Fighting for Life

Photo Credit: Students for Life
Photo Credit: Students for Life

In the recent wake of Planned Parenthood videos depicting illegal organ harvesting of aborted babies, I wanted to share a story. Honestly, I’m horrified by the footage but unsurprised or less-than-shocked. The behavior follows a logical and historical pattern of evil, twisted yet fallen human reasoning when a group of people play God and deem themselves more a person than another. Back to the story.

My eldest brother and I share the same chronic kidney dysfunction. My middle brother does not. My brother and I are a medical phenomena that have outlived, out diagnosed, and out performed beyond the wildest imagination of the medical community, which by the way does not know everything. We are walking miracles that would have died and did die previously as “failure to thrive” children just a few years before our births. We represent a new demographic of children that will survive because of medical advances, but our lives are no less cherished or important than the lives of the children with our condition that died before us. For whatever reason, my brother and I live- a testimony to life in the face of adversity and uncertainty. A testimony that life is worth fighting for and the worth of the individual isn’t tied to their tangible, measurable utility.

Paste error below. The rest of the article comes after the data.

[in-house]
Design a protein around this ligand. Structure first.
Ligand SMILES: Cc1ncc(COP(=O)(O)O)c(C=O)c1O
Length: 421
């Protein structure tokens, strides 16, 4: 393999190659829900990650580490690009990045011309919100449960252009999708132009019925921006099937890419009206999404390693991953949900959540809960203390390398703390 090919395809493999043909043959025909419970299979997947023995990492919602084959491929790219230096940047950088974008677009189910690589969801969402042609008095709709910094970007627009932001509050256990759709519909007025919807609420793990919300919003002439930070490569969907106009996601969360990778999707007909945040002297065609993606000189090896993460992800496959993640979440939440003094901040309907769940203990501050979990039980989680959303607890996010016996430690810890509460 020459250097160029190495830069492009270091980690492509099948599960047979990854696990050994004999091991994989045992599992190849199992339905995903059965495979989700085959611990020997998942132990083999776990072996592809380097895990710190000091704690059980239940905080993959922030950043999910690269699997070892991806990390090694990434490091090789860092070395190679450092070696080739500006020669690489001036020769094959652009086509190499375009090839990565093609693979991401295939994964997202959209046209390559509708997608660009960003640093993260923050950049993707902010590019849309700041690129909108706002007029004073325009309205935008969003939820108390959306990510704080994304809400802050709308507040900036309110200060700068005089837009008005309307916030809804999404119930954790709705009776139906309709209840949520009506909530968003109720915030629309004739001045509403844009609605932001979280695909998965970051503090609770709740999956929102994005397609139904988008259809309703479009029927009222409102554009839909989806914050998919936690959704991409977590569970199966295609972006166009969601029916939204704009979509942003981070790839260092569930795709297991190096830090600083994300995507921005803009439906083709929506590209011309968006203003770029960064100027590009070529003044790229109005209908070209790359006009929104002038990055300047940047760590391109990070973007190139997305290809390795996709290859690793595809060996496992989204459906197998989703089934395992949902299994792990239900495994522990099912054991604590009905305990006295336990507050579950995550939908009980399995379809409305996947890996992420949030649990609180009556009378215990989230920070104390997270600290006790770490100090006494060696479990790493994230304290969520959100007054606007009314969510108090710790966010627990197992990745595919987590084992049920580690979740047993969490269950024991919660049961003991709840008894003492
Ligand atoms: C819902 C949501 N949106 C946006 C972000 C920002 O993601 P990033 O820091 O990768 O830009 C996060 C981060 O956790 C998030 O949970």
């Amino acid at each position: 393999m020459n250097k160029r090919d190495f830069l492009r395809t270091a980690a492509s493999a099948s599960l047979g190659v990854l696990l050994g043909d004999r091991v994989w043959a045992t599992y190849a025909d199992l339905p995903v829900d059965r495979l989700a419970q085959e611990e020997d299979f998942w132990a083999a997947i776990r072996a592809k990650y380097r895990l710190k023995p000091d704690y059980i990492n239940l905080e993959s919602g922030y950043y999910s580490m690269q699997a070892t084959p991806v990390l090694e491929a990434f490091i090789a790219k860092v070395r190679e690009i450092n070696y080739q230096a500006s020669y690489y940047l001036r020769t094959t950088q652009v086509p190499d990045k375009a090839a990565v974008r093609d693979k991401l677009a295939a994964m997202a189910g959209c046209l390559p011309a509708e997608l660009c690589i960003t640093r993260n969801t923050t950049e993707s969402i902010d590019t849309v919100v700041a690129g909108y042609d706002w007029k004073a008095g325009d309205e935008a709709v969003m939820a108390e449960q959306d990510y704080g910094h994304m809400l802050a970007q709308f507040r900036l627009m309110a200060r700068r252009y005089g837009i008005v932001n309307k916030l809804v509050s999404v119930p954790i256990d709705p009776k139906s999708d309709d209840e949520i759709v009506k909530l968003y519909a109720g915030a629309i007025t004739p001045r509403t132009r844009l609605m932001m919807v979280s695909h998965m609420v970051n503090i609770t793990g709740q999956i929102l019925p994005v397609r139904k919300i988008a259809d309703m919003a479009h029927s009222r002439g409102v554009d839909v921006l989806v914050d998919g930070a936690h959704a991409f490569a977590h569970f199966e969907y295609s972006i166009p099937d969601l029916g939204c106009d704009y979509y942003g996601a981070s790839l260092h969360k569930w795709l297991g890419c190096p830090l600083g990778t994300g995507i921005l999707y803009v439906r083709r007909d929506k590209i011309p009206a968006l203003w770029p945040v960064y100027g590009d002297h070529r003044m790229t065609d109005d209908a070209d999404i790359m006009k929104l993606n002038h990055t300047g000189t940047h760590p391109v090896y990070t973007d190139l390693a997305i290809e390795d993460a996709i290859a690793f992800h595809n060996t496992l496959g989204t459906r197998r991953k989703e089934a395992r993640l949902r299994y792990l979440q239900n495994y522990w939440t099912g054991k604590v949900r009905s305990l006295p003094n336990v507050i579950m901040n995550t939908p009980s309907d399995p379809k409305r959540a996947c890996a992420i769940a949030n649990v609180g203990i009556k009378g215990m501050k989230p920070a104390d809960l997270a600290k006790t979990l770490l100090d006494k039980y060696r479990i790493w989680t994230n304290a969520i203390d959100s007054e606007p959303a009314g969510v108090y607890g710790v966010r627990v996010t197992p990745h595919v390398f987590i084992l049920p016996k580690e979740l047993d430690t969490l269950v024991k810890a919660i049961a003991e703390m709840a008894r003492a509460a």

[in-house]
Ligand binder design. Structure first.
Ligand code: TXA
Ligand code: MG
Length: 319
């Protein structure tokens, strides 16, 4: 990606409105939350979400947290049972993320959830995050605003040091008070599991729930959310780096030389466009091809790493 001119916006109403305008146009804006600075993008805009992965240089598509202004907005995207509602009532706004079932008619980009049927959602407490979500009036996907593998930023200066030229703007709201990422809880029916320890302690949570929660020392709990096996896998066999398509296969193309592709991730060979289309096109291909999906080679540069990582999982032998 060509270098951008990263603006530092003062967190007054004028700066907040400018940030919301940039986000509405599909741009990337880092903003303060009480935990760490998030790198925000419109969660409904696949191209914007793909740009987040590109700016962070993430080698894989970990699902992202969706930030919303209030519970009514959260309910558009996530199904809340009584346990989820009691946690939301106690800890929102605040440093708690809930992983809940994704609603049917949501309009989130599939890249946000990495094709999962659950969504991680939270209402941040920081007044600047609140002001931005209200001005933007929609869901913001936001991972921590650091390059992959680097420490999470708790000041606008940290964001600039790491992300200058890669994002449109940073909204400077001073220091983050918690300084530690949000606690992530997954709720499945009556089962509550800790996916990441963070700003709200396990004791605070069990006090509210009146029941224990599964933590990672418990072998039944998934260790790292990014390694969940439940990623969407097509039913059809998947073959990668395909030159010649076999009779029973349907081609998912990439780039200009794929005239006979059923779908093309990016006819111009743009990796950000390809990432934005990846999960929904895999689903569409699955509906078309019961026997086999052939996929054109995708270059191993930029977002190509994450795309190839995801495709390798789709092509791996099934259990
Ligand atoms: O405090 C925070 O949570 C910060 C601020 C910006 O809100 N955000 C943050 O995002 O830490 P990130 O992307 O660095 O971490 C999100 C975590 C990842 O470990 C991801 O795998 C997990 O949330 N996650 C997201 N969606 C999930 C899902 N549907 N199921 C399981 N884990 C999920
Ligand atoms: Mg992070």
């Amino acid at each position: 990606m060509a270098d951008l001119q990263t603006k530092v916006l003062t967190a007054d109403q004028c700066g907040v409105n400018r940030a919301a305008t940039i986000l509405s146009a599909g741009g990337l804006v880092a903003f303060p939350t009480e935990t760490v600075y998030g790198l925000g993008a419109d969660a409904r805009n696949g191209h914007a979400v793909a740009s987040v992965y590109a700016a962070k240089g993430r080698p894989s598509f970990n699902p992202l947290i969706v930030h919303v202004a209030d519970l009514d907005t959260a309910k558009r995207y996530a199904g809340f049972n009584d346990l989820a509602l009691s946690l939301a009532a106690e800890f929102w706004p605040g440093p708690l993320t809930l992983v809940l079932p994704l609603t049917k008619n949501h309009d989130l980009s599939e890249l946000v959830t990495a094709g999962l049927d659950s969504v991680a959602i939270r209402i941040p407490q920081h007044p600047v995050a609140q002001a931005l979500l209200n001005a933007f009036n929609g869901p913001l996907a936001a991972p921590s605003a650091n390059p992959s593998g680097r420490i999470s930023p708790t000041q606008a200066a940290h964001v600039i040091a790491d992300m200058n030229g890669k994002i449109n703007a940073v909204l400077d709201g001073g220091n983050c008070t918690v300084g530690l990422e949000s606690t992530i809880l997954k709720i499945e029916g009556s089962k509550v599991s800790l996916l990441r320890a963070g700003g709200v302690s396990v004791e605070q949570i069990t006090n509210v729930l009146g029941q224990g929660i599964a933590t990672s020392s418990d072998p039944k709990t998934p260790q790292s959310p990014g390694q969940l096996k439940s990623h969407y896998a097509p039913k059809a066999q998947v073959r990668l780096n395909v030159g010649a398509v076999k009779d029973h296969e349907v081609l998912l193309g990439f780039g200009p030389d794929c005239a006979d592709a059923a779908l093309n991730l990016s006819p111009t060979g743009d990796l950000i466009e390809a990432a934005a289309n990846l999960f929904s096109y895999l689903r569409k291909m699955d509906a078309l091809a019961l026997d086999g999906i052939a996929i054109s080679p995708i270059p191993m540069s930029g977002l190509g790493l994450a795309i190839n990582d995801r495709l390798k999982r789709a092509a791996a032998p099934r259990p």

Such a beautiful success story, right? My parents fought for our lives- my life. A medical professional in Philadelphia deemed my existence, before he ever knew whether or not I actually had the genetic kidney condition, as unworthy and a potential burden to the medical community and cost of healthcare in the United States of America. He debased my parents as “negligent,” “idiots,” etc. This medical professional knew better than anyone else involved, including God. This didn’t sit well with my parents. My father and this man ended up screaming at each other in the medical center hallway. My parents found a new practitioner. And nine months later, yours truly came screaming into Northern Philadelphia. The medical support staff, doctors, friends, and priests commented profusely on my beauty and vitality or how unusual my presence was. Shortly, I did become ill and was diagnosed with Distal RTA. Life hasn’t been easy, but I had a chance because my parents took a staunch position about my fetal dignity and the worth of my in-utero life and the countless individuals already touched by that life. I’m not a statistic or a ICD-9/ICD-10 code; I’m living flesh and blood with soul, mind, and emotions/ feelings. Thank you, Mom & Dad, for fighting for my life.

I’ve learned that life is beautiful in all its forms and function. Regardless of the person’s apparent utility, the worth of an individual is weighed on a divine scale that supersedes all human, limited notions of perceivable measurement of worthiness or substance. Nowadays, since exterminating your child is a “logical” option, parents must fight for the lives of children deemed “unworthy,” “burdensome,” “not human,” “impaired,” “inconvenient,” or “deformed” by relatives, friends, and the medical community. Please, fight for your child’s life whether your earthly relationship with your child lasts in-utero, shortly after birth, or in the years to come. Saying, “yes,” to these children is the most beautiful fiat you and I can utter.

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